third-party systems. Hence a live integration was required between ERP and EDI.

Solution: To minimize complexity and make the most of the common system architecture Ranbaxy
implemented SAP NetWeaver PI. With the new solution in place customers and vendors were able to
see their order status, accounts and do online tracking of cargo. Orders placed online are transmitted
through EDI and automatically updated in Ranbaxy’s SAP network. Initially the system was rolled out
to overseas customers and later for domestic customers.

Benefits: About 2,500 of Ranbaxy’s partners were connected within India, apart from a similar
number in other countries. The network is serving as a powerful marketing tool and knowledge
resource for customers. The number of stockists and dealers is so large that even if 10% of them start
online transactions, the company expects to reduce physical man-hours (and errors) and increase cost
advantages. In addition, the company expects benefits such as inventory reduction

Source: Dataquest, SAP & Ranbaxy Press Releases


Overview Of The Pharmaceutical Supply Chain In

Carrying & Retailers

Forwarding Stockist (Pharmacy/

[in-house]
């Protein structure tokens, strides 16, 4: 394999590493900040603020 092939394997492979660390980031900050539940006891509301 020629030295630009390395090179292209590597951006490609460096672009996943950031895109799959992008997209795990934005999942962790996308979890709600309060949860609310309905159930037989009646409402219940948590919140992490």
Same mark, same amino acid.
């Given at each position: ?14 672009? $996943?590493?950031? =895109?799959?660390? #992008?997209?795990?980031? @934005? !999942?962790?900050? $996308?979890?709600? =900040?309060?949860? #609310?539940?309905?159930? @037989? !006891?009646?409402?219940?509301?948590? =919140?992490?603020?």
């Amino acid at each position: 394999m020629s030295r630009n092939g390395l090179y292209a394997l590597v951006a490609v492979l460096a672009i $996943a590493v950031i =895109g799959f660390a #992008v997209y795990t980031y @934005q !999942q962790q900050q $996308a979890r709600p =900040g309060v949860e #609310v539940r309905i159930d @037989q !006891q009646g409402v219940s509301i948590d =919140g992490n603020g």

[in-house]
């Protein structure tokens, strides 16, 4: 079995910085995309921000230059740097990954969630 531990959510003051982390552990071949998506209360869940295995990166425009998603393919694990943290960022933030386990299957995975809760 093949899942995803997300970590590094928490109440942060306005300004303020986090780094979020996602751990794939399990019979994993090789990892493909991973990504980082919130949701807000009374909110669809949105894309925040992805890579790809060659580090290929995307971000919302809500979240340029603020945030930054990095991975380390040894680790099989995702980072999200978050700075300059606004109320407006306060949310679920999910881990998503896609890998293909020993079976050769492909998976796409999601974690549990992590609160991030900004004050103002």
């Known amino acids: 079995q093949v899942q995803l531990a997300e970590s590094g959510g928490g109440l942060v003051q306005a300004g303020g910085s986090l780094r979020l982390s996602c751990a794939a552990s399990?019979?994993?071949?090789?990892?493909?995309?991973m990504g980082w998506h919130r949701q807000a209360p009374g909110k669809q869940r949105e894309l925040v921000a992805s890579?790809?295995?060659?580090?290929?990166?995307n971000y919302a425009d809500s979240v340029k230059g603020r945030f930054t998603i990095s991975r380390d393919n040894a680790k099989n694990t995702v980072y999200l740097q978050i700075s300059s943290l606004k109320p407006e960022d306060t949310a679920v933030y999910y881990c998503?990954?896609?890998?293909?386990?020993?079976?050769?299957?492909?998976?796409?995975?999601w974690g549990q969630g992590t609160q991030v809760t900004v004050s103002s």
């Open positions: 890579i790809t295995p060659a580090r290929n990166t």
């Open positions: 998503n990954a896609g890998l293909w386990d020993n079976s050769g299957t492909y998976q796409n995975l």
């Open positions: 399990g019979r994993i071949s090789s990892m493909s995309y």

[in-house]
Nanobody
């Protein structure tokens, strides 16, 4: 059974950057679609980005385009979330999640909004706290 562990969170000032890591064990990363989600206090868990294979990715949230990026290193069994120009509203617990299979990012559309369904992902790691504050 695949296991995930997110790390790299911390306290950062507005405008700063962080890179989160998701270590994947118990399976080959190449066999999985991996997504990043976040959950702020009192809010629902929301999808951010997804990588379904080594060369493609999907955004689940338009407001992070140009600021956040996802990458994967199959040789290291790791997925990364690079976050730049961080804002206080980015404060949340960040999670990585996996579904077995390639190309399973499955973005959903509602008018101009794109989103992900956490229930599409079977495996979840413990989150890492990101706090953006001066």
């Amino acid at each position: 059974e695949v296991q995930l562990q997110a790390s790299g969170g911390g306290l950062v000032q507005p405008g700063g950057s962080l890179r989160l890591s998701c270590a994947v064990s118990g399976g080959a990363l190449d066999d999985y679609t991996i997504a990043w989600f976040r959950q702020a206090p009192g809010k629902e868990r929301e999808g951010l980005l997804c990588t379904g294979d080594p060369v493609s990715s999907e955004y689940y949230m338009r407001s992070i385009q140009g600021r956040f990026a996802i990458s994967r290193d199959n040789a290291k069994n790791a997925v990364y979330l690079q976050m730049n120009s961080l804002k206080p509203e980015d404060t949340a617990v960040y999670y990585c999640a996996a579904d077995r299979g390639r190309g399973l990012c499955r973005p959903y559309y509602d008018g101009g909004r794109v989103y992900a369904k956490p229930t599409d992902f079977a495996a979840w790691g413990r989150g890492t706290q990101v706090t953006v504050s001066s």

Agents (CFA’s) Hospitals etc)

End Customers
• 1–10% on the total • 8% on scheduled • 16% on scheduled • Drugs are sold to
turnover + other drugs drugs end customers at
expenses • 10% on • 20% on MRP + tax
Flow of • On an average the nonscheduled drugs nonscheduled drugs
drugs margin is about 6%

 In 2006, the market size of India‘s pharmaceutical logistics segment (distribution) was valued at around $200 million with an annual growth rate of 4%
 India Organization of Chemists & Druggists (AIOCD) controls the margins of drugs in the Indian market. The maximum margins in the supply chain are
predetermined. In addition to the above mentioned margins, wholesalers and retailers are also compensated with additional trade offers
 On an average, a company may work with a total of 25–35 CFAs. Unlike a CFA that can handle the stock of only one company, a stockist (distributor) can
simultaneously handle more than one company (usually, 5–15depending on the city area), and may go up to even 30–50 different manufacturers
 The CFAs are paid by the company yearly, once or twice, on a basis of the percentage of total turnover of products. The stockist, in turn, after 30–45 days (a typical
credit or time limit) pays for the products directly in the name of the pharmaceutical company

• Supply chain illustrated is for pharmaceutical manufacturing companies in the domestic market only
• Drugs indicate formulations only and excludes bulk drugs

Source: BioPharm International